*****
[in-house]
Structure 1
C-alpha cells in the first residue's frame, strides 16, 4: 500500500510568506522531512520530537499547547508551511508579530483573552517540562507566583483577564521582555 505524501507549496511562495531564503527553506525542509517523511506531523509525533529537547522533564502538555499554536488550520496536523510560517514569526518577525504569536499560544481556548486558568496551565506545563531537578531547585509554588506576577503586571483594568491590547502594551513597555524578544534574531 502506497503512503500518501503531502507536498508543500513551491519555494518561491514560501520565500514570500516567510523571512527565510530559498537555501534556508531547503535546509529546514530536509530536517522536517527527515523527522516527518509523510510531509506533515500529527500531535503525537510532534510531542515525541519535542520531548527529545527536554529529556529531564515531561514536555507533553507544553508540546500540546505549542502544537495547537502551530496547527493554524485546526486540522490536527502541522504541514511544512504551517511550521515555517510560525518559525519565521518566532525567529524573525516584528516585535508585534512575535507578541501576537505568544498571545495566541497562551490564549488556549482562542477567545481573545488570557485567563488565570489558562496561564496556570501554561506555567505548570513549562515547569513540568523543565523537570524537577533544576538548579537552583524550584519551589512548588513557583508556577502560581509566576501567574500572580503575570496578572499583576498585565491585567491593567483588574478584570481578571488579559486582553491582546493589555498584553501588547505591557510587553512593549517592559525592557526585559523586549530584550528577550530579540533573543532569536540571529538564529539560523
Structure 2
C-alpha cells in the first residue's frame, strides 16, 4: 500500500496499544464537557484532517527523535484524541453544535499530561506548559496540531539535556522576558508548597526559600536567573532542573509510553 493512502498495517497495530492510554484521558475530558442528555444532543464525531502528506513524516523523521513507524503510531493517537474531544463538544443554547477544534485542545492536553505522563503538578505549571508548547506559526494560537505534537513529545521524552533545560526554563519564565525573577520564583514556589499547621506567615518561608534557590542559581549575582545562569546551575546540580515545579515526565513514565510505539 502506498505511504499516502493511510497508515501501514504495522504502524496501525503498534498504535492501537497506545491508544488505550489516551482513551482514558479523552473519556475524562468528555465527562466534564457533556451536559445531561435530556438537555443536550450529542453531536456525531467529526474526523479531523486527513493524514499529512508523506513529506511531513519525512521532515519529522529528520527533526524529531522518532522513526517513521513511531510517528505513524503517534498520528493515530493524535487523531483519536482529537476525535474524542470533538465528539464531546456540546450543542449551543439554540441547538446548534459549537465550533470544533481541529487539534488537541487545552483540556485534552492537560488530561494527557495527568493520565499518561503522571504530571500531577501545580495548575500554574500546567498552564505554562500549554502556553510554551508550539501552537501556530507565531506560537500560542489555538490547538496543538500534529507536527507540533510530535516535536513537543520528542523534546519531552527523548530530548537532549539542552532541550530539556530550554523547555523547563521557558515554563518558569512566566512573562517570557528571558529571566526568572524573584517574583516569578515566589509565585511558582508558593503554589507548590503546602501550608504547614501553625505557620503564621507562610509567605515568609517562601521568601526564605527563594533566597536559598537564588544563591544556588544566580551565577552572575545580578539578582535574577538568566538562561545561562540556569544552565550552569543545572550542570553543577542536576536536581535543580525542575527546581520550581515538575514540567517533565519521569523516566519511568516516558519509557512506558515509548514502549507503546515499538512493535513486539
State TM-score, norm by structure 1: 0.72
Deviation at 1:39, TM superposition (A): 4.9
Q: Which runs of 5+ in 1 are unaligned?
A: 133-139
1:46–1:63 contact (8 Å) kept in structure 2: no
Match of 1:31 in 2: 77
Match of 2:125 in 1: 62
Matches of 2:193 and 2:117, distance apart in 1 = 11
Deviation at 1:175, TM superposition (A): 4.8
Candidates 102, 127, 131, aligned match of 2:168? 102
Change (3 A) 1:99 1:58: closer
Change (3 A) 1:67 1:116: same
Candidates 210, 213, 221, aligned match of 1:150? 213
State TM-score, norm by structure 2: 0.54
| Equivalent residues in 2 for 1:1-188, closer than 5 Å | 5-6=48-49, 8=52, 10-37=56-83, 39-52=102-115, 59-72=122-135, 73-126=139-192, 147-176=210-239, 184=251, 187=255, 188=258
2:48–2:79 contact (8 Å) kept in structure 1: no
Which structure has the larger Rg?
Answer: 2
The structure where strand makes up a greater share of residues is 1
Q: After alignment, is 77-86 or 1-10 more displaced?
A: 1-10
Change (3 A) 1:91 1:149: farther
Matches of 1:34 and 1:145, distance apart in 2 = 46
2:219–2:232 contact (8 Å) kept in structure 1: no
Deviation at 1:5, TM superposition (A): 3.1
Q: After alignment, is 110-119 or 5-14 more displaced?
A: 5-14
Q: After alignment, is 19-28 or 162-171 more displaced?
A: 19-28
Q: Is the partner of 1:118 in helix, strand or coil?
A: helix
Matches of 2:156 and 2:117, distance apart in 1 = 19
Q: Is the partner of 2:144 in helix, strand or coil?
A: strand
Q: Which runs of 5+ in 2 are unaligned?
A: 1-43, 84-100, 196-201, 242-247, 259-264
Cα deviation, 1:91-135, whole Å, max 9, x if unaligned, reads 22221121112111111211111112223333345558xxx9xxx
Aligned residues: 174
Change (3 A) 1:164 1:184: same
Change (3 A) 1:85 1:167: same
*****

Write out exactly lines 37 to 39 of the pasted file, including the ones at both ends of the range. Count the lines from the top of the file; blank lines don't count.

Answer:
Matches of 2:156 and 2:117, distance apart in 1 = 19
Q: Is the partner of 2:144 in helix, strand or coil?
A: strand